Peace for the World

Peace for the World
First democratic leader of Justice the Godfather of the Sri Lankan Tamil Struggle: Honourable Samuel James Veluppillai Chelvanayakam

Sunday, September 24, 2017

People of Pattalipuram in Muthur demand return of land from Sri Lankan Army

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25Sep 2017
125 families from the Muthur East area of Trincomalee are demanding the return of their lands from military occupation.
People of Pattalipuram who were driven out of their homes and fields by the Sri Lankan Army in 2006 have expressed growing frustration that troops continue to occupy their lands.
Despite having the deeds to homes and cultivation lands, Pattalipuram has not been returned to its owners and an army camp built during the war continues to operate in the village.
The families are demanding the return of their lands, around an acre each, so that they can resettle and restart their livelihoods.

Lankan lawmakers have a ‘unitary mindset’ -Jayampathy


By Shaahidah Riza-2017-09-24

President's Counsel and member of the Lanka Sama Samaja Party (LSSP), parliamentarian Jayampathy Wickramaratne spoke to Ceylon Today about the salient points pertaining to the Interim report, of the steering committee, which centred on the Constitutional Assembly of Sri Lanka.
Emphasizing on the need to include the word Aekiya Rajya in the English and Sinhalese version of the Constitution, he added that the Sri Lankan lawmakers have a 'unitary mindset' and that the proposal by the TNA to include the term Aekiya in English is a good development.
Excerpts of the Interview:

?: How did you come to a consensus on the voting system?

A: Vast majority of people are against the preferential vote. They want MPs for the electorates. But at the same time they want the proportional representation, so that different shades of political opinion are reflected in the Parliament. What is proposed is a mixed member proportional representation system (MMP) where the candidate has to run for the electorate and run for the party. The overall composition of the Parliament is determined by the party vote which I think is important. You eliminate the preferential voting and everybody has his own MP at the electorate and at the same time the overall composition is proportionate.

?: What about the minor parties?

A: Minor parties will also benefit. For example if this proposed system was there for the last general elections the JVP would have got 12 seats instead of the six they have.

?: The electorates that presently exist are still those following the delimitations done in the 1970s. Will a new delimitation process take place to accommodate the new system?

A: Yes, there will have to be one. Now there are no electorates. We go by the old electoral divisions. But there have been large movements of population, for example, Kaduwela has more than 100,000 voters. Whereas in another area there will be only 20,000 to 30,000 voters. The population migration patterns have changed. Those have to be taken in to account, Including the IDPs.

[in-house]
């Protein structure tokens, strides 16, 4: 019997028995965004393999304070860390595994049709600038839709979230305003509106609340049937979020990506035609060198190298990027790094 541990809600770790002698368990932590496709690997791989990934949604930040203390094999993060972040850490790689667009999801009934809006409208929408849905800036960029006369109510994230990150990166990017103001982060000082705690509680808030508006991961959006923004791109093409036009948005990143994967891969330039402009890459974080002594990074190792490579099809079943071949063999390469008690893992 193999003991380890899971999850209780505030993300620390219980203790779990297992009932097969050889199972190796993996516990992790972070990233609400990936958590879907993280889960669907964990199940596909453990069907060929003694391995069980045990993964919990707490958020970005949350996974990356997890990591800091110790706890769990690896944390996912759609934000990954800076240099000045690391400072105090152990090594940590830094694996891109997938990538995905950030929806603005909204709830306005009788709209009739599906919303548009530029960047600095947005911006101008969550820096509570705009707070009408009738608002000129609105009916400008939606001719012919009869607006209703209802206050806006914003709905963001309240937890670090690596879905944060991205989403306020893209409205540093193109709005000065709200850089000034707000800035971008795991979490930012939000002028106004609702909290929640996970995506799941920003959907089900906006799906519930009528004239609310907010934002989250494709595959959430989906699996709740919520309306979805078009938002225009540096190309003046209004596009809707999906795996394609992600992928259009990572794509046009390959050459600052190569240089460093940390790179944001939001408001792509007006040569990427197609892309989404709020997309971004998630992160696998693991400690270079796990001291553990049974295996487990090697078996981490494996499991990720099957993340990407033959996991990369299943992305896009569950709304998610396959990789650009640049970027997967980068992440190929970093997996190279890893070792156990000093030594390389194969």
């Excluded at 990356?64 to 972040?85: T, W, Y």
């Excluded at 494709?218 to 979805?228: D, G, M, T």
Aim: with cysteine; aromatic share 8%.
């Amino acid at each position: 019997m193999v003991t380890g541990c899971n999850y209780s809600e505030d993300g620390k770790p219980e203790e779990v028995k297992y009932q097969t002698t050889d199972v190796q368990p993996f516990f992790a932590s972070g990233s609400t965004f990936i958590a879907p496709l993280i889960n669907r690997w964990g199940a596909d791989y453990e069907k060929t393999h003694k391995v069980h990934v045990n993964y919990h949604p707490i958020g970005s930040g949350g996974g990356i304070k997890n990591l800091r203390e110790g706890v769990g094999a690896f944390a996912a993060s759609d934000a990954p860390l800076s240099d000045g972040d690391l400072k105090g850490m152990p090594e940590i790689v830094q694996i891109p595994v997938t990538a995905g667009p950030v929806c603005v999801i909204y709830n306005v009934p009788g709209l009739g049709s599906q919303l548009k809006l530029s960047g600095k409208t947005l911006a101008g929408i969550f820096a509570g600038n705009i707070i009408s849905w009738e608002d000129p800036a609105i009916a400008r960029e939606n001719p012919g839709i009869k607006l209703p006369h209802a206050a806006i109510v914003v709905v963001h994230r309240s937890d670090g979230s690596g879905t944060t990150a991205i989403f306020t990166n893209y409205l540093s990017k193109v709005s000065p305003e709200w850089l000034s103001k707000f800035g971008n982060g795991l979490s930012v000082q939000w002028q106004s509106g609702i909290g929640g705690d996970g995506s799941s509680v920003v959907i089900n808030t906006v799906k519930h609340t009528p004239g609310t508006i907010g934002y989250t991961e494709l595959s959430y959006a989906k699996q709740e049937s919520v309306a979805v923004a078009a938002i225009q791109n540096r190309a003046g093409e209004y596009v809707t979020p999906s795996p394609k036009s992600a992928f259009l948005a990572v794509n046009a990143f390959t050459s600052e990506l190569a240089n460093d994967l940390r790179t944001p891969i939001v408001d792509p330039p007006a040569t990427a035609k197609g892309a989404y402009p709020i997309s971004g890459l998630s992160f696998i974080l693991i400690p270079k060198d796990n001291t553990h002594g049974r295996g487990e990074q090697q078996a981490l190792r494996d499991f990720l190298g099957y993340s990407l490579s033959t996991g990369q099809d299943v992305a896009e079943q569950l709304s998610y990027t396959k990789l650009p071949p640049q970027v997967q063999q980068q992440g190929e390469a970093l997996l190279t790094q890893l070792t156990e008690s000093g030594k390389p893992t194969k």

?: The report indicates that the Constitution recognizes the Northern and Eastern Provinces as a single province. This indicates a merger?

A: That is only just one proposal. Everybody knows that proposal is the position of the TNA.
?: So, there will not be a merger?

A: My view is that I am not opposed to a merger of two or three provinces provided that the majority of the electors of each of the provinces agree. For example, I come from the Central Province. I have no problem joining with the Uva Province. But the people of the Uva Province and the people of the Central Province must vote in favour of voting in separate. The present Constitution also provides for this. The 13-A provides for possible mergers. But it also says that there should be a law on this. So, it is up to Parliament to pass a law. Parliament did have a law, the Provincial Councils Act. The provision was applicable for only one year. Now there is no law. So I don't know why people should get worried about it. The present provision should be left as it is and as an extra safeguard the people of each province must agree to it and the Parliament must be given the power to make that so. First, Parliament must pass a law. Otherwise this constitutional provision is meaningless. What if Parliament does not pass a law? You can't compel Parliament to pass a law.

?: You have the SLFP, JHU and a few other parties that want Buddhism to hold the foremost position without other religions being subjected to discrimination. However, the TNA wants the State to be secular. What is your idea?

A: there are two proposals. One is to retain the present provision, the other one is for Buddhism to have the foremost place. All agree that the foremost place for Buddhism should not be changed. But there is a different formulation suggested by some, that other religions should not be discriminated. TNA may want a secular State. But there are only two proposals. Both of which say Buddhism's present positions must be retained. While the TNA states that they want a secular State. They have also said that if the two main parties agree they do not have a problem with the report. In any case Sri Lanka is a secular State. Buddhism is not the official religion. What the Supreme Court has said, in two judgments, one in the sound pollution case and in the first 19-A case, indicates that although Buddhism has the foremost place there are also safeguards for other religions. Sri Lanka's secular State position is retained. Even the JHU acknowledges that. JHU stated, in its observation, that the foremost place in Buddhism is a mere decoration.

?: There are varied opinions on devolution. How do you resolve this?